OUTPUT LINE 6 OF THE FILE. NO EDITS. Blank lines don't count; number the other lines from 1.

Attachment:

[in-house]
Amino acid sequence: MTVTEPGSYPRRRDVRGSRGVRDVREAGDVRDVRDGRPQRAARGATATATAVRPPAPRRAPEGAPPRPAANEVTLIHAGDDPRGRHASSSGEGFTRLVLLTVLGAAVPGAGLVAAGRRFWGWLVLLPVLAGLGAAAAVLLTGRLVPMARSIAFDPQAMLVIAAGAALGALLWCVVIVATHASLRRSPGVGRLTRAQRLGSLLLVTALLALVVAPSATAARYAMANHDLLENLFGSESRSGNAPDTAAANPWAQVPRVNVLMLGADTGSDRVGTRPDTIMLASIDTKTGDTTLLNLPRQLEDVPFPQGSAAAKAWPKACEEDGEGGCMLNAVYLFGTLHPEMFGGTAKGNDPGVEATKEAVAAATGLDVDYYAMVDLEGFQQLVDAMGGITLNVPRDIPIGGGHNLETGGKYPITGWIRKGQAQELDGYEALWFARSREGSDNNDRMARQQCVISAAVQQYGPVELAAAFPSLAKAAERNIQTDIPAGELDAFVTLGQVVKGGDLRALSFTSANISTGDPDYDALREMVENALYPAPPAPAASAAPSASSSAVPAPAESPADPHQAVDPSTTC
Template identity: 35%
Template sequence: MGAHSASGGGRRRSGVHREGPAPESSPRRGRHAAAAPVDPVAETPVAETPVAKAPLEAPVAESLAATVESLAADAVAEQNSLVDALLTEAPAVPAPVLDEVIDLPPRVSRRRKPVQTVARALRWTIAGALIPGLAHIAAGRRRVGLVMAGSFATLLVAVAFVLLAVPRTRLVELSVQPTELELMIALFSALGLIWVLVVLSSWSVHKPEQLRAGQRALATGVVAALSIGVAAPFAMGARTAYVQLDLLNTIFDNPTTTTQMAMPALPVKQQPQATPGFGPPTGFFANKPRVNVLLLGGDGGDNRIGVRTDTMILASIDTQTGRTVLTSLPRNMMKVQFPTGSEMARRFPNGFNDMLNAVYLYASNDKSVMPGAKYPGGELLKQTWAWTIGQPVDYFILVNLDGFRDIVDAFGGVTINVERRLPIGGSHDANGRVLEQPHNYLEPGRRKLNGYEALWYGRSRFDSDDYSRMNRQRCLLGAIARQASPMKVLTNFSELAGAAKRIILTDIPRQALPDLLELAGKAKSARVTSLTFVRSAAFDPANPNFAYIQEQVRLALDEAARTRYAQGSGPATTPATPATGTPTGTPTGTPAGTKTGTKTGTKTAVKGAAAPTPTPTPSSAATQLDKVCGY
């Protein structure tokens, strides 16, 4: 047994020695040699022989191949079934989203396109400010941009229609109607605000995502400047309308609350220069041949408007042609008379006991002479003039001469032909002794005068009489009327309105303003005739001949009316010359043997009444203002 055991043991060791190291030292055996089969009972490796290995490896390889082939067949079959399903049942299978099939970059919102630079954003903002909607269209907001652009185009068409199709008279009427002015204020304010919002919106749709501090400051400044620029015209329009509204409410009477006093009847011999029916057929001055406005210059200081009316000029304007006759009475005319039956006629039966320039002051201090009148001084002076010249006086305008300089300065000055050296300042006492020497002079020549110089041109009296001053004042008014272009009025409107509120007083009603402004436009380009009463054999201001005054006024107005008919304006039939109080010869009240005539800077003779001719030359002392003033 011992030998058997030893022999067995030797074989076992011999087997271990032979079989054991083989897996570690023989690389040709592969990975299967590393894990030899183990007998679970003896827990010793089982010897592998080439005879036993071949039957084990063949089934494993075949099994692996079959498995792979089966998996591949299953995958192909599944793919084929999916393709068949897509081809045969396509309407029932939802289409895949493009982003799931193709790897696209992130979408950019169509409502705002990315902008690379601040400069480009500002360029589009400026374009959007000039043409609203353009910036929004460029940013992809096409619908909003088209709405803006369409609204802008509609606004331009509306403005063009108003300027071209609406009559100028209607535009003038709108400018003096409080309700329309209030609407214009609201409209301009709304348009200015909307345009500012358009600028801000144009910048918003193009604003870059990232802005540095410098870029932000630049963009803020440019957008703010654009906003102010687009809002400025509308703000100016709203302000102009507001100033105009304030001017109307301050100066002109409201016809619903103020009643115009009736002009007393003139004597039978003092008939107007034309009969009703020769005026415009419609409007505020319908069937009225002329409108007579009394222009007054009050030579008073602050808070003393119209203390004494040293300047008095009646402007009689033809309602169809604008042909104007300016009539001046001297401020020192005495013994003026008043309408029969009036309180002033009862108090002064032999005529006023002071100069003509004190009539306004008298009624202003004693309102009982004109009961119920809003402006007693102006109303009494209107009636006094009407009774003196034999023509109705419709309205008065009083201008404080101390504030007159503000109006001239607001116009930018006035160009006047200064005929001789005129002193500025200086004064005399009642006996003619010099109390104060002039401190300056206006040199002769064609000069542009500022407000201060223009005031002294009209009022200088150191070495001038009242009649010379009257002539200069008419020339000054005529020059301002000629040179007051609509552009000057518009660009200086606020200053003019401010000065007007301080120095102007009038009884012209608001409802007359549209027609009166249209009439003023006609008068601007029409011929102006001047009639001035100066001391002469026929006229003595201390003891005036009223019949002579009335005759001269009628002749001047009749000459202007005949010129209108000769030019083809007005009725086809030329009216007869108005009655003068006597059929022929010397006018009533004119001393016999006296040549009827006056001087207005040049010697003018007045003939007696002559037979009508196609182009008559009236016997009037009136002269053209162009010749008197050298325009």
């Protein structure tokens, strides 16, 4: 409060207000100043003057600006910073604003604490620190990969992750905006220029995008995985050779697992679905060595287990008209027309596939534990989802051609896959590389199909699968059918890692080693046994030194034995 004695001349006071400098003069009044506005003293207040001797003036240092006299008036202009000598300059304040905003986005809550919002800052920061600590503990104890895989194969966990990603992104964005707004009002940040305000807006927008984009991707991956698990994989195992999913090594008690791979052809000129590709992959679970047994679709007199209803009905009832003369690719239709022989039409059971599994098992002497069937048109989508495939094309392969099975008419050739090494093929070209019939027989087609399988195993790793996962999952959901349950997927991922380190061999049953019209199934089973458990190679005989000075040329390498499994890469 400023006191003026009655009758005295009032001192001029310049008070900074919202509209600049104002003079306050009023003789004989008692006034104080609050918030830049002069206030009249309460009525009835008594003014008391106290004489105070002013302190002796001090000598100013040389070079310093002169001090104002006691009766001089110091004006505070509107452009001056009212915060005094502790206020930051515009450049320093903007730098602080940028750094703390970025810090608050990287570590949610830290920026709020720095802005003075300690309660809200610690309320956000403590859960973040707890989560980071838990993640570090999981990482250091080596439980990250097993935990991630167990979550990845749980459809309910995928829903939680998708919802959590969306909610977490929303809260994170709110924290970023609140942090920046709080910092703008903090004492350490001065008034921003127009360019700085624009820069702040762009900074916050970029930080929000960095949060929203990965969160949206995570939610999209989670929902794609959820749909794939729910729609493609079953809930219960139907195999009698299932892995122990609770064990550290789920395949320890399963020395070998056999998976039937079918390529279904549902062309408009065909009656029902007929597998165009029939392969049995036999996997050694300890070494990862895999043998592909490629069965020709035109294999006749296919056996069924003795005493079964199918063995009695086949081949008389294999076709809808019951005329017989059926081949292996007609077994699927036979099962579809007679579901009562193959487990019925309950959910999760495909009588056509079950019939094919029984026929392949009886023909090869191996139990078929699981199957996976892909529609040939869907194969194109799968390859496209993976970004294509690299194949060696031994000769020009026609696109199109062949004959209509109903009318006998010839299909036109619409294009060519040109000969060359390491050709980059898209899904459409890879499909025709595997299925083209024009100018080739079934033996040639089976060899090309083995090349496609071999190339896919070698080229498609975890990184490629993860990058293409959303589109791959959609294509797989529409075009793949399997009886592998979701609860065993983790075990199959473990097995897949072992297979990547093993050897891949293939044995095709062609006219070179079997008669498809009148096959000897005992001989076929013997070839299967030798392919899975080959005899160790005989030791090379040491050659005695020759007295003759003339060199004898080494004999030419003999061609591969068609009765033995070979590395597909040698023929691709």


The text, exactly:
């Protein structure tokens, strides 16, 4: 409060207000100043003057600006910073604003604490620190990969992750905006220029995008995985050779697992679905060595287990008209027309596939534990989802051609896959590389199909699968059918890692080693046994030194034995 004695001349006071400098003069009044506005003293207040001797003036240092006299008036202009000598300059304040905003986005809550919002800052920061600590503990104890895989194969966990990603992104964005707004009002940040305000807006927008984009991707991956698990994989195992999913090594008690791979052809000129590709992959679970047994679709007199209803009905009832003369690719239709022989039409059971599994098992002497069937048109989508495939094309392969099975008419050739090494093929070209019939027989087609399988195993790793996962999952959901349950997927991922380190061999049953019209199934089973458990190679005989000075040329390498499994890469 400023006191003026009655009758005295009032001192001029310049008070900074919202509209600049104002003079306050009023003789004989008692006034104080609050918030830049002069206030009249309460009525009835008594003014008391106290004489105070002013302190002796001090000598100013040389070079310093002169001090104002006691009766001089110091004006505070509107452009001056009212915060005094502790206020930051515009450049320093903007730098602080940028750094703390970025810090608050990287570590949610830290920026709020720095802005003075300690309660809200610690309320956000403590859960973040707890989560980071838990993640570090999981990482250091080596439980990250097993935990991630167990979550990845749980459809309910995928829903939680998708919802959590969306909610977490929303809260994170709110924290970023609140942090920046709080910092703008903090004492350490001065008034921003127009360019700085624009820069702040762009900074916050970029930080929000960095949060929203990965969160949206995570939610999209989670929902794609959820749909794939729910729609493609079953809930219960139907195999009698299932892995122990609770064990550290789920395949320890399963020395070998056999998976039937079918390529279904549902062309408009065909009656029902007929597998165009029939392969049995036999996997050694300890070494990862895999043998592909490629069965020709035109294999006749296919056996069924003795005493079964199918063995009695086949081949008389294999076709809808019951005329017989059926081949292996007609077994699927036979099962579809007679579901009562193959487990019925309950959910999760495909009588056509079950019939094919029984026929392949009886023909090869191996139990078929699981199957996976892909529609040939869907194969194109799968390859496209993976970004294509690299194949060696031994000769020009026609696109199109062949004959209509109903009318006998010839299909036109619409294009060519040109000969060359390491050709980059898209899904459409890879499909025709595997299925083209024009100018080739079934033996040639089976060899090309083995090349496609071999190339896919070698080229498609975890990184490629993860990058293409959303589109791959959609294509797989529409075009793949399997009886592998979701609860065993983790075990199959473990097995897949072992297979990547093993050897891949293939044995095709062609006219070179079997008669498809009148096959000897005992001989076929013997070839299967030798392919899975080959005899160790005989030791090379040491050659005695020759007295003759003339060199004898080494004999030419003999061609591969068609009765033995070979590395597909040698023929691709």